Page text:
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Note: The following article was written by Peter Isberg, who is responsible for managing legislative and regulatory affairs for ADP, a strategic partner with the MACPA. He covers a variety of employer compliance matters including employment tax payments and major legislative trends such as the Affordable Care Act.

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Due in part to sweeping legislation to respond to the effects of COVID-19, there are many substantial changes to year-end reporting for tax and payroll that you’ll need to know for 2020. Here’s a preview of what’s on the horizon.

Federal legislation, Social Security tax deferments and year-end reporting
2020 will be remembered for the dramatic disruptions caused by the COVID-19 pandemic, with significant restrictions to travel and everyday life, threats to individual health and broad economic harm. Federal lawmakers enacted sweeping legislation to offer stimulus and support to individuals and businesses, which helped avoid permanent damage to the economy, but in some cases raised new compliance requirements for employers.

On Aug. 8, 2020, President Trump signed a Memorandum on Deferring Payroll Tax Obligations, to permit deferral of employee Social Security taxes on wages paid from September 1 through the end of 2020. As of mid-August, several elements remain unknown pending IRS guidance. However, it is likely that employers will need to report details related to such deferrals, such as wages paid during the deferral period, and perhaps amounts deferred, on Forms W-2 and 941. If so, this could be a substantial change to payroll systems and annual W-2 tax statements.

On March 18, the Families First Coronavirus Response Act (FFCRA) was signed into law to require employers with less than 500 employees to pay Qualified Sick and Family Leave to employees who were ill or quarantined, or who needed to care for others. However, the related W-2 reporting requirements were not announced until July 8, potentially requiring some employers to retroactively re-create records to support the related annual reporting.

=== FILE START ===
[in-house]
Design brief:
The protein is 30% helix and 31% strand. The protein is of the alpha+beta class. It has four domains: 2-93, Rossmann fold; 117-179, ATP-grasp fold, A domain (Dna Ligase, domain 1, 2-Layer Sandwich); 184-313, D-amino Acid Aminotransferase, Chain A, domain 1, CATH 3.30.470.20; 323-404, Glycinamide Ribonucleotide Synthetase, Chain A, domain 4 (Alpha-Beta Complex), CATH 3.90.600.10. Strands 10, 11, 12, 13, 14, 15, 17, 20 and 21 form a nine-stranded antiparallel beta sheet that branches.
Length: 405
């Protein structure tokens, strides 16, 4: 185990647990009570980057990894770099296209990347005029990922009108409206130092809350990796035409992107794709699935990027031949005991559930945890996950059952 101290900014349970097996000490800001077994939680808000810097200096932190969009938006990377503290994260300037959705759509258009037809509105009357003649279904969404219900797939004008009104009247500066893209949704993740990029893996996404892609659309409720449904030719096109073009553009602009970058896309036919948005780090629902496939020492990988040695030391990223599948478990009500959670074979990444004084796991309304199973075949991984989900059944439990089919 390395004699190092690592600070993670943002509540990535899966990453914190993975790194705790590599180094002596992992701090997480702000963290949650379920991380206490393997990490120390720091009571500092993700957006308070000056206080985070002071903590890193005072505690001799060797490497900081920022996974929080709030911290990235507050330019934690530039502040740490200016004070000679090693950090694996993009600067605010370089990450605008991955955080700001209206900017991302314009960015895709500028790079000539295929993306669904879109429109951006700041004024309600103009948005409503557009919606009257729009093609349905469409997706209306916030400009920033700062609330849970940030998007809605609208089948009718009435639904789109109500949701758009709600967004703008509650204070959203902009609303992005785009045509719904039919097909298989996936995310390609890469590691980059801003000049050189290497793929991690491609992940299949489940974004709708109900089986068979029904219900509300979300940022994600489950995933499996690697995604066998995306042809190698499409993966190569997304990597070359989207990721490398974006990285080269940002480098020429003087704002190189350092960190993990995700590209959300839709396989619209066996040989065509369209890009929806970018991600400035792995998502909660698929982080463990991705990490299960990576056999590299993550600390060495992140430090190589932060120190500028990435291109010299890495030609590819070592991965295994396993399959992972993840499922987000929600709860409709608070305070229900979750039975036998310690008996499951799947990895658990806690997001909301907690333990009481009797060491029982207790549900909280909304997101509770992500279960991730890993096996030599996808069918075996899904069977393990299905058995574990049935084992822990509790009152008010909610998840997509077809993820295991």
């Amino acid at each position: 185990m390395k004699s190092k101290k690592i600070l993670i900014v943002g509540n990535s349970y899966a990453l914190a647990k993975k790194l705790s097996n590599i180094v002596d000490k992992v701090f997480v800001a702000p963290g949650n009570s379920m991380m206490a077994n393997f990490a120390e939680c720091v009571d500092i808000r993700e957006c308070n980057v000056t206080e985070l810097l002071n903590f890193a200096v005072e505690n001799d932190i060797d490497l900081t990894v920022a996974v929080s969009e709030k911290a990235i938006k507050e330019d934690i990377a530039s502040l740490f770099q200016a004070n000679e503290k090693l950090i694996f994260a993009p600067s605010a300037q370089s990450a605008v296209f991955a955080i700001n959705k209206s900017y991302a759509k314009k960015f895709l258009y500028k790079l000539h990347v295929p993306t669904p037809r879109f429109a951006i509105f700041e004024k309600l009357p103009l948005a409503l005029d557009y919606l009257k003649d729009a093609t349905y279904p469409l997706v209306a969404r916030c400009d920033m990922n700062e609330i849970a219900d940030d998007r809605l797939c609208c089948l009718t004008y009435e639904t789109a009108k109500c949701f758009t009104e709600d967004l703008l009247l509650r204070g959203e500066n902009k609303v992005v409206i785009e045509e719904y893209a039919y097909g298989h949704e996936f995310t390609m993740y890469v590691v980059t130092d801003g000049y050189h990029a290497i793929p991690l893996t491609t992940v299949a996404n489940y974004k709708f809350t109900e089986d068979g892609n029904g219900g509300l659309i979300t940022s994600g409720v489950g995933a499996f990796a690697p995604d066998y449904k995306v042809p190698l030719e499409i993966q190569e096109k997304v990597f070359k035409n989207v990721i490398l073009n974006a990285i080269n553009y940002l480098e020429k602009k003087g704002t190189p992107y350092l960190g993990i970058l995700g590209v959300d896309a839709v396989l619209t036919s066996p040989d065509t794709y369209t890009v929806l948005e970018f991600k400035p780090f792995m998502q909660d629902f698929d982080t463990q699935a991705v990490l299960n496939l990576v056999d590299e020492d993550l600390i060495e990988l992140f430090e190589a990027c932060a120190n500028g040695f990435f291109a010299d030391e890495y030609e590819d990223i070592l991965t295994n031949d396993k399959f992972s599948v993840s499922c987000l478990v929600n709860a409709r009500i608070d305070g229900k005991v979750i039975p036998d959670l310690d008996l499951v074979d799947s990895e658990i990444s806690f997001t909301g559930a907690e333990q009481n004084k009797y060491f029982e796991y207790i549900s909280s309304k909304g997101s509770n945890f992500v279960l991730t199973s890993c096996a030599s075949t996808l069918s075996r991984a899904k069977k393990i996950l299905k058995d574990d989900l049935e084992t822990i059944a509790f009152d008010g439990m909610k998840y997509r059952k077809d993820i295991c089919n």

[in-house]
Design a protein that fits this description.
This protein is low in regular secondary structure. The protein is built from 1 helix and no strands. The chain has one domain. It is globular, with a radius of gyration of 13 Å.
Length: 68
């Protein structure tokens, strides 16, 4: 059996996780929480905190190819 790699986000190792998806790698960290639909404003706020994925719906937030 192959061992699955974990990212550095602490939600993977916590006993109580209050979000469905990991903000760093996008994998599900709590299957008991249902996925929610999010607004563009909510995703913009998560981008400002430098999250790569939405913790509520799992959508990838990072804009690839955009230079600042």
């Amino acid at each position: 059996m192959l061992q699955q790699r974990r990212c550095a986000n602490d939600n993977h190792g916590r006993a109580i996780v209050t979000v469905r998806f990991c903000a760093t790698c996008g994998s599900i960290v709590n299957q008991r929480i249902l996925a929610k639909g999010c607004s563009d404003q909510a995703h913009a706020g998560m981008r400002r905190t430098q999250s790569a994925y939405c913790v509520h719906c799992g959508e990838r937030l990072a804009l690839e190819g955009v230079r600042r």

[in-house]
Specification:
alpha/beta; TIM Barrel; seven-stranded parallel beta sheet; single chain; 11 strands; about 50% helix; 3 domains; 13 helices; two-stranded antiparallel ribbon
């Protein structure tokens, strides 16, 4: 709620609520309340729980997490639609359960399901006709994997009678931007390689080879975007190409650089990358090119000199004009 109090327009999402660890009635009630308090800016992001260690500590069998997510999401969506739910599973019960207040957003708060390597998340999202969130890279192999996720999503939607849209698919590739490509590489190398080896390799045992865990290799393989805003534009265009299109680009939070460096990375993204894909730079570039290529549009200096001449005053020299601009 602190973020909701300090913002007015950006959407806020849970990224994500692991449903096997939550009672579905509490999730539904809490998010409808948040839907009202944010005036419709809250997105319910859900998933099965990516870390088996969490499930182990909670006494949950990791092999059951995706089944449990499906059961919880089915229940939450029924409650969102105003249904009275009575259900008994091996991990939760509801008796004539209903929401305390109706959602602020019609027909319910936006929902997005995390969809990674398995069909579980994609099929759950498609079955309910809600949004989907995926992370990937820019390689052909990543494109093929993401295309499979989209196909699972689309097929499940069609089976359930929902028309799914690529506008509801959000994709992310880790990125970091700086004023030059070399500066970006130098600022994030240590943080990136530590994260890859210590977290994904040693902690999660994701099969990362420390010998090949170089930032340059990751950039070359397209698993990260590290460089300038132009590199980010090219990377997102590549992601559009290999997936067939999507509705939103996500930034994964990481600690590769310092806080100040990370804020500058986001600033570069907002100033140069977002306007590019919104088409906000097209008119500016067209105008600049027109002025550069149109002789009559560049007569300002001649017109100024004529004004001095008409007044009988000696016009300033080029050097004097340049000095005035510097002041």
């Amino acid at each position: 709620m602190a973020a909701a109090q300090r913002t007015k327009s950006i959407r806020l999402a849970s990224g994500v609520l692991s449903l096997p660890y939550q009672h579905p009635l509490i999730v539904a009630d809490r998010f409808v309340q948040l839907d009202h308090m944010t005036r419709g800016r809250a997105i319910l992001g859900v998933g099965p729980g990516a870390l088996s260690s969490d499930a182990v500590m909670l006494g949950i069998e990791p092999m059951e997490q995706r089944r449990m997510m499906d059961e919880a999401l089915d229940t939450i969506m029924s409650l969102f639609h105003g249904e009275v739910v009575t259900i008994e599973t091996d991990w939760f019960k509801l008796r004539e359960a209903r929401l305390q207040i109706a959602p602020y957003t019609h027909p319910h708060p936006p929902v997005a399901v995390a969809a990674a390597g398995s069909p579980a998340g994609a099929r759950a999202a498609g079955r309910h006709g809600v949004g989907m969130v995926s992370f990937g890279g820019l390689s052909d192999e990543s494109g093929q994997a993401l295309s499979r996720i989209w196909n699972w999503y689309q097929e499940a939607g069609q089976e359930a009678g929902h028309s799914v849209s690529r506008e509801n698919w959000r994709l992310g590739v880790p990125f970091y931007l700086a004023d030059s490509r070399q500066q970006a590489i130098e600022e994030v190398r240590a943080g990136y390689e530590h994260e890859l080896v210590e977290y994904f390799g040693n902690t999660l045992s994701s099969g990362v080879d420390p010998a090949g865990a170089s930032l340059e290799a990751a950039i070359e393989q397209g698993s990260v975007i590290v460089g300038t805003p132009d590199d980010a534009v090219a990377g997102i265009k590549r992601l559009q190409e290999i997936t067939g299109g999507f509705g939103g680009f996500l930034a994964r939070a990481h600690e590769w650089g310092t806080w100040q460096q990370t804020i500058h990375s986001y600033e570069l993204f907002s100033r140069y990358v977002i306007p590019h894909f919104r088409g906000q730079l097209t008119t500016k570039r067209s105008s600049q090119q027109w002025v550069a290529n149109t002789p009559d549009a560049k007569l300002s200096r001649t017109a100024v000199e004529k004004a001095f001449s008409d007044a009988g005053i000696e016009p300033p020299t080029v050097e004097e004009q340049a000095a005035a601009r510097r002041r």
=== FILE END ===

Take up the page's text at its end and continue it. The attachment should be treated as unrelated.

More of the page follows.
In July 8, the IRS notified employers that they must separately report Qualified Sick and Family Leave Wages paid under the FFCRA on 2020 Forms W-2. This reporting is intended to provide employees who are also self-employed with information necessary to properly claim any FFCRA sick or family leave credits. The three types of FFCRA sick or family leave must be separately reported (if applicable) in Box 14, or on a separate statement:

  • sick leave wages subject to the $511 per day limit because of care you required;
  • sick leave wages subject to the $200 per day limit because of care you provided to another; and
  • emergency family leave wages.

State reporting and withholding changes
At the state level, employers need to be aware of state conformity with the CARES Act, which was signed into law on March 27, 2020. Many states automatically adopt Internal Revenue Code (IRC) changes, but even those that do sometimes enact legislation to reject federal tax law changes; and other states that don’t automatically conform may enact laws to adopt IRC changes. One example in the CARES Act is the tax exclusion for employer student loan repayment benefits. Employers can contribute up to $5,250 in 2020 toward an employee’s student loans, and these payments would be excluded from the employee’s income for federal purposes. But unless the state automatically or otherwise adopted that provision, any such payments must be reported on the state W-2 as taxable income.

These are just a few of the many changes to employee benefits and payroll reporting compliance requirements that were implemented in 2020.

Withholding requirements for employees working in other states
State income tax withholding for cross-border commuters became a significant issue because of COVID-19. As state and local governments issued stay-at-home orders, many employees worked from home for an extended period. For those employees who normally commuted from another state, this created potential new legal and tax obligations for both employers and employees.